|Sedentary lifestyle||The high number of hours spent at work reduces the time available for other activities, including exercise. Studies show that physical inactivity, combined with sedentary work, increases the risk of cardiovascular disease (Ekelund et al. 2016).
|Fatigue and exhaustion||Young men (<55 years) who had an acute myocardial infarction frequently report episodes of excessive fatigue and exhaustion in the period prior to the coronary heart event (Sihm et al. 1991).
|Job strain||Job strain, a situation where the worker faces high demands but lacks the resources to meet them, is associated with a 23% increase in the risk of coronary heart disease (Kivimäki et al. 2012) and a 30% increase in the risk of stroke (Huang et al. 2015)
|Atrial fibrillation||People who work long hours are at higher risk for episodes of atrial fibrillation, a major risk factor for stroke (Kivimäki et al. (2017).
The increased risk of atrial fibrillation caused by long working hours is particularly interesting because this arrhythmia causes clots in the left atrium, which can reach the brain and obstruct blood flow to the brain, and could contribute to the increased risk of stroke in people who work hard. This increase in the incidence of atrial fibrillation is mainly observed in people who work more than 50 hours a week, and can reach up to 40% of those who work more than 55 hours a week (Figure 4). It should also be noted that overwork has been associated with other coagulation disorders, including deep vein thrombosis (a 68% increase risk), a major cause of pulmonary embolism.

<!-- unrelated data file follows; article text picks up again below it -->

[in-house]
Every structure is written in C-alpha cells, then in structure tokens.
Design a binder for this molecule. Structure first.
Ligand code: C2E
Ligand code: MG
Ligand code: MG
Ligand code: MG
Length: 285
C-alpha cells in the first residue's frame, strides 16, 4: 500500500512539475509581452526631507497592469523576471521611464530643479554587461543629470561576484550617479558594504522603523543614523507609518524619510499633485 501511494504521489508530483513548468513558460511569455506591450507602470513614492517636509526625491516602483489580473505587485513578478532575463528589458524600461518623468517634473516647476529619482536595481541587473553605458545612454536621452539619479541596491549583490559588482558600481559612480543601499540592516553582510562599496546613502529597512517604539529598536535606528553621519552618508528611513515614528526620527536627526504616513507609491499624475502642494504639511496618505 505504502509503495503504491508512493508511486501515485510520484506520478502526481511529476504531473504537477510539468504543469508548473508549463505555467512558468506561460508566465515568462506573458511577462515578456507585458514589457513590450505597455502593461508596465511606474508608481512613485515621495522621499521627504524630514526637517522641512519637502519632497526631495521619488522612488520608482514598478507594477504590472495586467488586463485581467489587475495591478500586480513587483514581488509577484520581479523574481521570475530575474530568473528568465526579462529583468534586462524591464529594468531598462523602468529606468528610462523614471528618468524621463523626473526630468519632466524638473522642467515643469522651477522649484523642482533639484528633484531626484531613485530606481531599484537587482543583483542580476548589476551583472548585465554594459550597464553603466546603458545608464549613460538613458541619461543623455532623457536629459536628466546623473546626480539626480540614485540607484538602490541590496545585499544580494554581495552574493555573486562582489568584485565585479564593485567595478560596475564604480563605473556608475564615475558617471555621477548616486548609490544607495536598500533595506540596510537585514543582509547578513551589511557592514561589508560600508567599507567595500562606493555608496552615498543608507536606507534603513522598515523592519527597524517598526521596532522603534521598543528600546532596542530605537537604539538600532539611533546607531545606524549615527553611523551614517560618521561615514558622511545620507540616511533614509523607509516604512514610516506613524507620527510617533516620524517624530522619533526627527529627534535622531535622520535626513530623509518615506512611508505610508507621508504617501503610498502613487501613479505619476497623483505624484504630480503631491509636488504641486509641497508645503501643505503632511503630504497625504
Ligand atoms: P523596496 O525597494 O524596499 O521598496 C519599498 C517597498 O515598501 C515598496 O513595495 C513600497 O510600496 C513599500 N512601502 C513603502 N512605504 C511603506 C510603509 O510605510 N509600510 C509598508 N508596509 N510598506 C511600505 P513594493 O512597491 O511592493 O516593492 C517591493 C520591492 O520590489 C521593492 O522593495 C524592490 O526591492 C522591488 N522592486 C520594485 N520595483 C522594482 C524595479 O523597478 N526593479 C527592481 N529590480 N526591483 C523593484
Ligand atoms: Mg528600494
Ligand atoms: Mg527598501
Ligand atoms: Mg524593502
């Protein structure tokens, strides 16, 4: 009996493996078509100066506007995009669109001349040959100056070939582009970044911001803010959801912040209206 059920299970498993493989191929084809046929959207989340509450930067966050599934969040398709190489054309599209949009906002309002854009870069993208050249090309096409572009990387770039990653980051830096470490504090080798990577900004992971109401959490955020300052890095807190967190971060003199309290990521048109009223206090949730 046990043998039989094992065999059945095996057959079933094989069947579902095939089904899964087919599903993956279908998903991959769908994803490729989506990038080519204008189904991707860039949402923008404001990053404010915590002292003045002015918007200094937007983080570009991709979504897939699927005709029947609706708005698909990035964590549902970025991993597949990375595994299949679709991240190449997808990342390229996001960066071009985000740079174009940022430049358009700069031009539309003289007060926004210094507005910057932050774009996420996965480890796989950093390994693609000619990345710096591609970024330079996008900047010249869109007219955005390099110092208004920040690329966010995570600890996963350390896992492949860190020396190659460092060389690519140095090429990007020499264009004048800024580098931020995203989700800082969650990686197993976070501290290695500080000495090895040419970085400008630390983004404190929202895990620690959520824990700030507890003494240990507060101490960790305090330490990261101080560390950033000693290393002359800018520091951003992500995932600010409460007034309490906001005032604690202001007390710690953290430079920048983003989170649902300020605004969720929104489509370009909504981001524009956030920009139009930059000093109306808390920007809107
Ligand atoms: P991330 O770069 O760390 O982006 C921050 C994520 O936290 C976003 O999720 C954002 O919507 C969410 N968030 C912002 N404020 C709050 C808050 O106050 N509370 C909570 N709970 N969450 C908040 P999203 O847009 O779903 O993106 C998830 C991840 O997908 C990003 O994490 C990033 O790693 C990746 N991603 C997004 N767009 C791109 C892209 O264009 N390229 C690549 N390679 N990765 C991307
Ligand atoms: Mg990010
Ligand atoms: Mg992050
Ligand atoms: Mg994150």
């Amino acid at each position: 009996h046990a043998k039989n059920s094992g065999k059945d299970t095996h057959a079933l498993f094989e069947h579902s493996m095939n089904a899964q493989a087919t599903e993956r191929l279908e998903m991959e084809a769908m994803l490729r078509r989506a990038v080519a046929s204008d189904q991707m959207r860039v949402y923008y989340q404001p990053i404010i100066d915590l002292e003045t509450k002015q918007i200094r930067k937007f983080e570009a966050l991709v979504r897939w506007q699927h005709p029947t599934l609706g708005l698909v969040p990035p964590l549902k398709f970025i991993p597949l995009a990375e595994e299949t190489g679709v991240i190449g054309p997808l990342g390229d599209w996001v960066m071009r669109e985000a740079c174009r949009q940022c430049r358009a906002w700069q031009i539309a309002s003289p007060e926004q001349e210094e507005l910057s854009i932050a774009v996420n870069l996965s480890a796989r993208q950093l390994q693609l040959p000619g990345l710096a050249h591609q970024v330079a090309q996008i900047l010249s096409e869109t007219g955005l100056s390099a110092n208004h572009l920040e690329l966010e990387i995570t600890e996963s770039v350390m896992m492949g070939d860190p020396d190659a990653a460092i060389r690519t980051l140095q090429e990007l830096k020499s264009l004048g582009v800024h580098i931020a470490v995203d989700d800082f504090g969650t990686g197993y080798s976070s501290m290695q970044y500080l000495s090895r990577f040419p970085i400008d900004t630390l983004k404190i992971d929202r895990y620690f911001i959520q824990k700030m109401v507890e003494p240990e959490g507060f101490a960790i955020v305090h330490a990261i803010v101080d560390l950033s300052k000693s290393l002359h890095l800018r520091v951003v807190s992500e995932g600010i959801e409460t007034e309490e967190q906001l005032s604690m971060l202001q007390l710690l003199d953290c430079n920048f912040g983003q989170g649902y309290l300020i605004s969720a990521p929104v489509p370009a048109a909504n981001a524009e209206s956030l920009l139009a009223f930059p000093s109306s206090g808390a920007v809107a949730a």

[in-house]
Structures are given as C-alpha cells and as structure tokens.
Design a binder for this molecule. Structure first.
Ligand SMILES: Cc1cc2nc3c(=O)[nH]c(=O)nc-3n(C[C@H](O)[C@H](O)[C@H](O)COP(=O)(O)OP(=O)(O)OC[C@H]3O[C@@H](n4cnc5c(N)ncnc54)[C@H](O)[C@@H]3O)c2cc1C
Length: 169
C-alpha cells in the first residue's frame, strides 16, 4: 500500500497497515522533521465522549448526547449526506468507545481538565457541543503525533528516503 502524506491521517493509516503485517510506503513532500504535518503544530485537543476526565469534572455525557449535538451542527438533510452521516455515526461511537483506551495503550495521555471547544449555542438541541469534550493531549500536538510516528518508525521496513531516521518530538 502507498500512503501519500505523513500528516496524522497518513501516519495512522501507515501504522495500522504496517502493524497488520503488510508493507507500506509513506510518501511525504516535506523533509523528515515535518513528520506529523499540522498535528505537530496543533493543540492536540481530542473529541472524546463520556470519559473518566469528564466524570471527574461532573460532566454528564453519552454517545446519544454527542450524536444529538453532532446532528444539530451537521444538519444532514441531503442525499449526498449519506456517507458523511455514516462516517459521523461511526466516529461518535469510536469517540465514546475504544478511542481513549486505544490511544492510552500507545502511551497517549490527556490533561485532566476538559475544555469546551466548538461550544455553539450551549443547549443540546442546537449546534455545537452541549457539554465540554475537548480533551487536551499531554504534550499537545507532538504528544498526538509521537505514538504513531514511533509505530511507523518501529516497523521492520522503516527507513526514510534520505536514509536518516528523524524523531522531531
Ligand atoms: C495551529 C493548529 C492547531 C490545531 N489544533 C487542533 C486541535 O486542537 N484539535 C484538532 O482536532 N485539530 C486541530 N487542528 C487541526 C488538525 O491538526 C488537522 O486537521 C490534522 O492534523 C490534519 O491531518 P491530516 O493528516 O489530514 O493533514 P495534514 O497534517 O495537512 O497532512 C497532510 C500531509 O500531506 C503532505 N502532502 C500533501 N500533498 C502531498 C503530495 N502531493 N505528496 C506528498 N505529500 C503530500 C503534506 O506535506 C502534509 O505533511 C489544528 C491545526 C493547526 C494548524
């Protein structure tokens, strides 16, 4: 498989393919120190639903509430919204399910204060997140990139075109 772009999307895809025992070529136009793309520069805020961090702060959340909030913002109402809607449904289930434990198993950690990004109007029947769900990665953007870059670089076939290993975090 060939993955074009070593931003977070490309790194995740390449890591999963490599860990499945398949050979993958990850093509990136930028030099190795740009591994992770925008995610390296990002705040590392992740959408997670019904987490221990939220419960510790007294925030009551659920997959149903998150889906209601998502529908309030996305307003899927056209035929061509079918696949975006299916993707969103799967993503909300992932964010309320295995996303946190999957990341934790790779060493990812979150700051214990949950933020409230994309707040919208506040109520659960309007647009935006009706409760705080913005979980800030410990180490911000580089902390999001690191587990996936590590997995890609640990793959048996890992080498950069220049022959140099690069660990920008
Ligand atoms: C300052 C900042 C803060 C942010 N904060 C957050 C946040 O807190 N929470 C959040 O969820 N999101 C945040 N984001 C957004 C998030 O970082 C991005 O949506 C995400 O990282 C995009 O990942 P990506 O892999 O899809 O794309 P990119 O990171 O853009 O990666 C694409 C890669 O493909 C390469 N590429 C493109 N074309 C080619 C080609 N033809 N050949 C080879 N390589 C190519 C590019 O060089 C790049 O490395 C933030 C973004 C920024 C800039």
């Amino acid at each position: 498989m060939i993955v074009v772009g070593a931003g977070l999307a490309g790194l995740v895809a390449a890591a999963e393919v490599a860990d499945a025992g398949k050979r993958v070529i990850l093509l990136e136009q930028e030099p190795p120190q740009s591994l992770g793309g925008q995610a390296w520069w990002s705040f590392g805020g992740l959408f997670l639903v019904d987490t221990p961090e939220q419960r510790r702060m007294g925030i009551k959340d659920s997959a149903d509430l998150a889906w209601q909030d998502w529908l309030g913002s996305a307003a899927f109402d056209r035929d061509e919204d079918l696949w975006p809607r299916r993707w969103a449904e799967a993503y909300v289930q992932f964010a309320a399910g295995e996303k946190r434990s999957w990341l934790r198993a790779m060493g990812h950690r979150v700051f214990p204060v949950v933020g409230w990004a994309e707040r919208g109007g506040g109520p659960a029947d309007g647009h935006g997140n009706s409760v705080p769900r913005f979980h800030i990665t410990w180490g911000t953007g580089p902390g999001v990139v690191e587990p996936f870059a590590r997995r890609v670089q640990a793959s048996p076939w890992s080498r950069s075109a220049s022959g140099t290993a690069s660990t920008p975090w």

Figure 4. Effect of the number of hours worked on the risk of atrial fibrillation.
From Kivimäki et al. (2017).